“All over Edinburgh, something amazing is happening. On unassuming street corners, lettuces spring from the earth. Neglected development lots are alive with kale and leeks, while baby carrots emerge sleepily from their beds – nestled in behind the local library.
“Marie-Amélie Viatte noticed this flourishing, largely unknown world of community food-growing in 2014, and felt that something so exciting should be recognised and celebrated. The seed of an idea was planted, and in summer 2015, with the help of a team of volunteers, the first Power of Food Festival was held in Edinburgh. Over the course of a weekend, 15 community food-growing gardens opened their gates to the public, and over 500 people came along to see what was happening. Strangers and neighbours alike sat down to share meals, to listen to live music and to learn about the initiatives being nurtured across the city.
“At the heart of the Festival is the idea that money doesn’t have to be king, and that a lot can happen with the good will and hard work of people caring for their community. After all, this is how many of the gardens have come to be the productive, fruitful havens they now are in their neighbourhoods. To this end, the Festival is entirely free to the public, and any food served is either free or served on a pay-as-you-feel basis.
“This year, on the summer solstice weekend (18-19 June), the Festival is returning for a second year. 16 gardens will be welcoming the public in, from Newhaven to Merchiston, Granton to Tollcross, and everywhere in between. Each garden is unique, with its own origin story – the Festival will be held in a Victorian pleasure garden, in hospital grounds, in a patch of land between two rows of houses and within the walls of a grand estate, to name just a few locations. Some gardens are selling their produce in local shops, and some gardens are feeding their communities by encouraging people to help themselves to fruits and vegetables. This diversity is part of what the Power of Food Festival team want to celebrate – no garden is the same, but all are the product of commitment, hard work and co-operation.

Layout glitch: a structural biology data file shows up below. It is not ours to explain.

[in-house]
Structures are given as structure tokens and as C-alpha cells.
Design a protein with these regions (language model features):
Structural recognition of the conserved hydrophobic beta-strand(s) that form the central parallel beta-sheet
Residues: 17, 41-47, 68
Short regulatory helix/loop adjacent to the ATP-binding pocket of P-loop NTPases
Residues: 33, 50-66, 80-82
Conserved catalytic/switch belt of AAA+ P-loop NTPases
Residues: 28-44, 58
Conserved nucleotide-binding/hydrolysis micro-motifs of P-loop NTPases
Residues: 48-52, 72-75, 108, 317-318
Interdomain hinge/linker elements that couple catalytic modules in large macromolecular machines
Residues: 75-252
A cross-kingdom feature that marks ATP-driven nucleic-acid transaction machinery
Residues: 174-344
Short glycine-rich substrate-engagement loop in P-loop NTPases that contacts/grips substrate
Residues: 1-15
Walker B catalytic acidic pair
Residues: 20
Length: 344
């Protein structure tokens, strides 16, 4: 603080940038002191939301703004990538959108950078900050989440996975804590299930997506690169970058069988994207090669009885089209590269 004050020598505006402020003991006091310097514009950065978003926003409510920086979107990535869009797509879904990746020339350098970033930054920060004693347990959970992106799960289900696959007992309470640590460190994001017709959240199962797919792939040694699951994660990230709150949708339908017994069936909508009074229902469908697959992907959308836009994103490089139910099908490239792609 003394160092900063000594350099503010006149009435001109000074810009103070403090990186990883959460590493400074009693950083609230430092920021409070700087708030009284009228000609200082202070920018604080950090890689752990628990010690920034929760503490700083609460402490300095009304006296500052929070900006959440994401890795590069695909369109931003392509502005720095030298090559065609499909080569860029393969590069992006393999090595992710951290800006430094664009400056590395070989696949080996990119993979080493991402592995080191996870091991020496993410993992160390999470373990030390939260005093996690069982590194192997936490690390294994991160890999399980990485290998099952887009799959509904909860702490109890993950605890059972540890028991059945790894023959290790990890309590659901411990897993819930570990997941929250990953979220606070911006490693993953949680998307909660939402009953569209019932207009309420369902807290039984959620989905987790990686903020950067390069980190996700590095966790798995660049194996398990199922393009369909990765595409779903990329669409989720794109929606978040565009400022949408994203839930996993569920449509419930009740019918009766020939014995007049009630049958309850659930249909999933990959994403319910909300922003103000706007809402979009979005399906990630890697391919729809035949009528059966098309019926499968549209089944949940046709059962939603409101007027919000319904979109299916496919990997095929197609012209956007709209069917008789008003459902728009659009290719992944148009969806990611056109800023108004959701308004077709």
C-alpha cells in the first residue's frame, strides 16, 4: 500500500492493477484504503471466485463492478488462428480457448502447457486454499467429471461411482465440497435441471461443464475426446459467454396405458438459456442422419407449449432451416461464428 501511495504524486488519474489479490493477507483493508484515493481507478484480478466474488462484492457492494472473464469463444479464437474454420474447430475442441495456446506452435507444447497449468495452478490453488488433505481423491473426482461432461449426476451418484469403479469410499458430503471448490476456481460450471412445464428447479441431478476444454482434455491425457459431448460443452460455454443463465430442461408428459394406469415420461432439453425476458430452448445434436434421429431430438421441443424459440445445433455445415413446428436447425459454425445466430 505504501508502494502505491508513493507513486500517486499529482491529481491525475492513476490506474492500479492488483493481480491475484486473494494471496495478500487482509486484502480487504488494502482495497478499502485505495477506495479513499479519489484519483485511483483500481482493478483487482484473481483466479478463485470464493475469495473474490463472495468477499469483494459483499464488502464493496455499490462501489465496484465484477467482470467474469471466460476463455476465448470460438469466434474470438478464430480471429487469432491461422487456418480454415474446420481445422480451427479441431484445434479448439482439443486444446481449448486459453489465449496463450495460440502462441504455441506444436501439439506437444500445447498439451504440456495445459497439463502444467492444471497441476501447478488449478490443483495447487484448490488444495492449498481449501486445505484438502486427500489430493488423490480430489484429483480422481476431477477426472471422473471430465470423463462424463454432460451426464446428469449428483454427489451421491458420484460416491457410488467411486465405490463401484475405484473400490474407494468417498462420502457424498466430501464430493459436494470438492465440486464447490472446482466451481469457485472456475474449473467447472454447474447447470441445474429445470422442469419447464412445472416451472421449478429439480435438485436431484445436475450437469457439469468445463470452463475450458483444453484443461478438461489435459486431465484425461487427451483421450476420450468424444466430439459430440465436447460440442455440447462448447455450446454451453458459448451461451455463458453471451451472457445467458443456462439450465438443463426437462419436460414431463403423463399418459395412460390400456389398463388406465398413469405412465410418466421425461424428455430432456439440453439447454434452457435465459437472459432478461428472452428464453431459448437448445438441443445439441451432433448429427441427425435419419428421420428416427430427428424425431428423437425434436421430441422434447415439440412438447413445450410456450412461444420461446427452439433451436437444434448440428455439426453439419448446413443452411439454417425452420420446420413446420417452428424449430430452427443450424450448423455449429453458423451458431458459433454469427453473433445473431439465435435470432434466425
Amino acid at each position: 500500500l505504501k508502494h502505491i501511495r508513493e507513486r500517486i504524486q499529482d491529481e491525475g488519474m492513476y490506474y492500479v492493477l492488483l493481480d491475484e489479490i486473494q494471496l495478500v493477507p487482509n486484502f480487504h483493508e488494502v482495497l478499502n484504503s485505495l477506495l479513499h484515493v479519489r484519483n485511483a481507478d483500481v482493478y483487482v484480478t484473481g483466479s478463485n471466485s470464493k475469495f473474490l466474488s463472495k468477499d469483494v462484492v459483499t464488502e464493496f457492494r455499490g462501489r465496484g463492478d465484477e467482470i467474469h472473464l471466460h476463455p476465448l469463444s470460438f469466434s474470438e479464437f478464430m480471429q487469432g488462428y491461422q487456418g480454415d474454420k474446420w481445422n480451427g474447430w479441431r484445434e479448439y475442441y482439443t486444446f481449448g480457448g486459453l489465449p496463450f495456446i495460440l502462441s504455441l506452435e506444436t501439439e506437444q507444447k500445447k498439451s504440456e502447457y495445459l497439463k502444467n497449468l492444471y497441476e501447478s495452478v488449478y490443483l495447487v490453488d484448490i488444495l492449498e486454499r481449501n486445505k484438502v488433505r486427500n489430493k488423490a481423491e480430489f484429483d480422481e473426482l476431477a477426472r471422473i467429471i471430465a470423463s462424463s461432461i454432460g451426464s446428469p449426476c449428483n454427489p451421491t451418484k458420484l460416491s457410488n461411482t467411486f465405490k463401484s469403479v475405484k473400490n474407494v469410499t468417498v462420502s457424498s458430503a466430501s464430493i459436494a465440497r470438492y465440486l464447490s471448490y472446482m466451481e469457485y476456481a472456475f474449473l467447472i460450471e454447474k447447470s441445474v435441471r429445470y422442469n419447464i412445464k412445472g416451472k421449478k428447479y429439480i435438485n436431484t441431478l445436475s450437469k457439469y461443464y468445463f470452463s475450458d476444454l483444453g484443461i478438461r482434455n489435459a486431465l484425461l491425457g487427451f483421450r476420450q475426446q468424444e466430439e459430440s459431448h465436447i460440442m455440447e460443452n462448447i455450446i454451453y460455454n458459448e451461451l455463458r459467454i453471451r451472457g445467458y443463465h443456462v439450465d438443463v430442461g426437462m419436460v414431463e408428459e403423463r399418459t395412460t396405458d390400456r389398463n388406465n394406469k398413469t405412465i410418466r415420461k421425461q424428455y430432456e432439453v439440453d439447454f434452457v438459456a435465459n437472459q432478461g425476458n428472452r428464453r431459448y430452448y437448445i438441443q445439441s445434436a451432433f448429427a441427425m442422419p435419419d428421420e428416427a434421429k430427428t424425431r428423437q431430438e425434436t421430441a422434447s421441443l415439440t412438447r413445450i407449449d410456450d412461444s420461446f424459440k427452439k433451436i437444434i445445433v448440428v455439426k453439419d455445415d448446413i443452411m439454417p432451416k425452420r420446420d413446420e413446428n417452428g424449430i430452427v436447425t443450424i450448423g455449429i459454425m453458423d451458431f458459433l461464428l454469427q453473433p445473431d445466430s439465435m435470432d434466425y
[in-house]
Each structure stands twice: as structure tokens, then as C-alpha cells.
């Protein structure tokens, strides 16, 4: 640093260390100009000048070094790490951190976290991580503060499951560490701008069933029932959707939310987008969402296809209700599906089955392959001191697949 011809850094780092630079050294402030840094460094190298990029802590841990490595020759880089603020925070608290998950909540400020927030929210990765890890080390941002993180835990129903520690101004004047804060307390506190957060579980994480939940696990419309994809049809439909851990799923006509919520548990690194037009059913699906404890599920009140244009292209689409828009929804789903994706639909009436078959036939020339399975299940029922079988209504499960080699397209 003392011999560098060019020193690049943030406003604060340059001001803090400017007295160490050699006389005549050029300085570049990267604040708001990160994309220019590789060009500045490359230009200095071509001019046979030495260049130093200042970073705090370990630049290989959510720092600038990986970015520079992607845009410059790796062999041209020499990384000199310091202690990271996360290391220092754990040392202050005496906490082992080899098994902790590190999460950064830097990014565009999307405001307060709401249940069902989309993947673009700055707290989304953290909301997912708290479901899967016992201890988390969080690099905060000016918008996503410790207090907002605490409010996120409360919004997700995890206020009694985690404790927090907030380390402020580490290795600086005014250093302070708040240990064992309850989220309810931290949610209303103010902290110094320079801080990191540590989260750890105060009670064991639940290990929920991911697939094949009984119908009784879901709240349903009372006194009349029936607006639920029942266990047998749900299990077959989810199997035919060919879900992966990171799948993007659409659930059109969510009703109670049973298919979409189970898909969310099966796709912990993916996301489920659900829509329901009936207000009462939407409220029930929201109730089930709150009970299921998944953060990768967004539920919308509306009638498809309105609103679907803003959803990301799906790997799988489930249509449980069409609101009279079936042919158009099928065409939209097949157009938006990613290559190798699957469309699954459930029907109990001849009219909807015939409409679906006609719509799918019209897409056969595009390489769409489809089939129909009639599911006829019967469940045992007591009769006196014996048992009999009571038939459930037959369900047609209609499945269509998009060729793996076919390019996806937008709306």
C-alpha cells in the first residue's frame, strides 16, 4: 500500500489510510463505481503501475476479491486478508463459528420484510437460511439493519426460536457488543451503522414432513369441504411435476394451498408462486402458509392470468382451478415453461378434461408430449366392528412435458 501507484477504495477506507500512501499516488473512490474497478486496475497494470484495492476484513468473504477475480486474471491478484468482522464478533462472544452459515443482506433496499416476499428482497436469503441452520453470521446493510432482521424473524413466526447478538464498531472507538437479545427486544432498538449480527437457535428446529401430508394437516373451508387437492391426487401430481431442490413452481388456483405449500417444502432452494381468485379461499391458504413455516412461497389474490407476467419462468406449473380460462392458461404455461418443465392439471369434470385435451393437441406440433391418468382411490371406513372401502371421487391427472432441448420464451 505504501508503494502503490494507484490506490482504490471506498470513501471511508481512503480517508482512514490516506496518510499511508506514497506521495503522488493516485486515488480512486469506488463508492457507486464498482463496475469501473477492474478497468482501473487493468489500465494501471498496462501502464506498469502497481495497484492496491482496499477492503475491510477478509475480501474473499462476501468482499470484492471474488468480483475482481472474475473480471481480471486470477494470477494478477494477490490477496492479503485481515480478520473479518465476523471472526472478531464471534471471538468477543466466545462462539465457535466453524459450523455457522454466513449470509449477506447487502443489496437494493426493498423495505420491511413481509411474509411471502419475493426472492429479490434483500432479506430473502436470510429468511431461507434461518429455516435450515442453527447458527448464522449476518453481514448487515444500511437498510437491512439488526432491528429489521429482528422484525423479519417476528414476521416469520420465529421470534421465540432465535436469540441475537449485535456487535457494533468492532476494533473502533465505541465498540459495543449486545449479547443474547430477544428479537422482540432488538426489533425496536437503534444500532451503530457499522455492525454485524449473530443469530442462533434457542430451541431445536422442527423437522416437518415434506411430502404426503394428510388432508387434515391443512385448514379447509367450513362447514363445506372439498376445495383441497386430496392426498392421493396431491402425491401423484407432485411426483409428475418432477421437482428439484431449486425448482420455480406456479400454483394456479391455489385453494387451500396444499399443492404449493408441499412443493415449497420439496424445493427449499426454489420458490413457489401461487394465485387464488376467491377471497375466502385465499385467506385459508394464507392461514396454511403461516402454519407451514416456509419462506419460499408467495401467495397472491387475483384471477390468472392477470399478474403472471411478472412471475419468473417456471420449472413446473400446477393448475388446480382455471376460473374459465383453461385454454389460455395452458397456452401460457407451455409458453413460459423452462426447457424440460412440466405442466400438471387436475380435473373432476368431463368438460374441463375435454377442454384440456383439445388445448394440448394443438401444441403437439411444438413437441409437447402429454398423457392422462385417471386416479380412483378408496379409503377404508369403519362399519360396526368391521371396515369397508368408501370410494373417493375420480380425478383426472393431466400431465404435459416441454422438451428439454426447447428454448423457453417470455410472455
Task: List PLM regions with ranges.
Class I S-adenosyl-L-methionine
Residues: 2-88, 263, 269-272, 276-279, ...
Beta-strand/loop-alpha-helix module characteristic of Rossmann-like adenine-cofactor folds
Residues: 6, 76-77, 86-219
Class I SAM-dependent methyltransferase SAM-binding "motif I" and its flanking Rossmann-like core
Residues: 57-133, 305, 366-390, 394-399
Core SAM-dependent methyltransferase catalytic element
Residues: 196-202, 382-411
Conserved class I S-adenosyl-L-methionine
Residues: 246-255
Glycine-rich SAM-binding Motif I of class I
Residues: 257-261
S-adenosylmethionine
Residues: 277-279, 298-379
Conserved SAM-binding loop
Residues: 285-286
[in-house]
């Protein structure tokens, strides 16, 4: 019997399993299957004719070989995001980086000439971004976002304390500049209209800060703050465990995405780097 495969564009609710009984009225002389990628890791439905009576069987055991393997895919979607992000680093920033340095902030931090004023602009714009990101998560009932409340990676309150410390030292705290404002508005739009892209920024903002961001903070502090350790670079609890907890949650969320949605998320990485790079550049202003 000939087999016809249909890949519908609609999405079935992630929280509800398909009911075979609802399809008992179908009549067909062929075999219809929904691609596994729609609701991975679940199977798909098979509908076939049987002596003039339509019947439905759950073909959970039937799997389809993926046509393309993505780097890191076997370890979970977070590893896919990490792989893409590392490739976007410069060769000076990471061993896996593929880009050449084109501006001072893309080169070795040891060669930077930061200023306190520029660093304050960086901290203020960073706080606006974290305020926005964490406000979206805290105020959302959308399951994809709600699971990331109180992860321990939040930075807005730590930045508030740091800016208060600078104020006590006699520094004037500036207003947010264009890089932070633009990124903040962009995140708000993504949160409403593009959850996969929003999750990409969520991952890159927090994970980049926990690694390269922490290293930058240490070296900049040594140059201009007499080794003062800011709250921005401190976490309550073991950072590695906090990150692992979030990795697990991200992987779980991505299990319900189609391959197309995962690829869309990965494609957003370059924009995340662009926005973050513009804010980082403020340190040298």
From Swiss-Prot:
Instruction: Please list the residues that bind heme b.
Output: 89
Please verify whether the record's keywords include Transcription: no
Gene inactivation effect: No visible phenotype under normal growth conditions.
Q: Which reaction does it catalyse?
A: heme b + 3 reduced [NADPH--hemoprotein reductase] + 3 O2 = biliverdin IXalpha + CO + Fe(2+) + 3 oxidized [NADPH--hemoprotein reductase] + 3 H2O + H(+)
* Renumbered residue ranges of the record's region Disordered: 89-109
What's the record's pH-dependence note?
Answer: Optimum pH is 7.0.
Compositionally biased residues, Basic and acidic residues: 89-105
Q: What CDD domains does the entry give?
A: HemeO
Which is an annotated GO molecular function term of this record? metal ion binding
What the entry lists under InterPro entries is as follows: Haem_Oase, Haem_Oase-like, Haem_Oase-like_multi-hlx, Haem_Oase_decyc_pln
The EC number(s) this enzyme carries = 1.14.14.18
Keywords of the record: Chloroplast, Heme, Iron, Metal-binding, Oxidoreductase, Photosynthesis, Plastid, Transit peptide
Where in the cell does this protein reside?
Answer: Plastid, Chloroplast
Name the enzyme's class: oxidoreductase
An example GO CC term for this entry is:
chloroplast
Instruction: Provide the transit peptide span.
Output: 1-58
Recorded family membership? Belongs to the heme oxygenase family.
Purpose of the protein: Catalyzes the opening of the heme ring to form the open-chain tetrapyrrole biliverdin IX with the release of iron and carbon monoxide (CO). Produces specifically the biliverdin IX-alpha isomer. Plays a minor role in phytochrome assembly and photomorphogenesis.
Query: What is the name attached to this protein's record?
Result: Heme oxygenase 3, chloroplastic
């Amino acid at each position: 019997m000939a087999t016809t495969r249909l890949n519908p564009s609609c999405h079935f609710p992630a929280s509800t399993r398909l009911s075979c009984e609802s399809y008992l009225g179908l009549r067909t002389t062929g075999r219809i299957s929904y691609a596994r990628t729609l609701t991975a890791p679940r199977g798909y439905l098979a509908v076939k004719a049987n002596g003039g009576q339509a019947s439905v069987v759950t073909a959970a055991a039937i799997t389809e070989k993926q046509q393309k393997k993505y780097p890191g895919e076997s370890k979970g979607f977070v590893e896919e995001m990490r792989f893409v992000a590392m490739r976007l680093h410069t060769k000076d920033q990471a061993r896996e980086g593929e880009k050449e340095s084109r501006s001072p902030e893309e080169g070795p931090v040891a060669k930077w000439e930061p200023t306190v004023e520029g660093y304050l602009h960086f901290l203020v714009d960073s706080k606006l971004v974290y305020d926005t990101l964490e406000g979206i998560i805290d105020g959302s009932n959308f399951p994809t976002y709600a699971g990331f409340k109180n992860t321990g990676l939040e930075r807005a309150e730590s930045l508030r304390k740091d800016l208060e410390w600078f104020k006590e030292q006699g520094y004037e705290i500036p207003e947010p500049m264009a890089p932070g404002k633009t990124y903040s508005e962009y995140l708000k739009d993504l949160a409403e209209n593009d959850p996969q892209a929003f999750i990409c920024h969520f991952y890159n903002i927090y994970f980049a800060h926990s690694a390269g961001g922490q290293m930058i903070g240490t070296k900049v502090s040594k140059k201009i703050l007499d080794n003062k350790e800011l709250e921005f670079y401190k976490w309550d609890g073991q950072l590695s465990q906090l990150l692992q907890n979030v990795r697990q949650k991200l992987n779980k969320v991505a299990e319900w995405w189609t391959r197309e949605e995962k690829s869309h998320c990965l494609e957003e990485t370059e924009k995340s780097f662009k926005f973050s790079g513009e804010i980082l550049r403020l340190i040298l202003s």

“In the spirit of the Festival, dozens of musicians, community activists and entertainers have come forward to donate their time and talent. The programme includes two group bike rides, which will tour the participating gardens, willow-weaving workshops, a 23-person-strong wind band and a West African dance and drumming group (among many other events). Organisations such as Love Food Hate Waste, Edinburgh Food Social and The Food Assembly will also be coming along to share what they’ve been up to.
“A weekend-long party held across 16 locations, with next to no budget, is no mean feat. It’s fitting that a festival celebrating the power of people working together has been made possible by the co-operation of a small but committed green-fingered community.
The full programme is available here: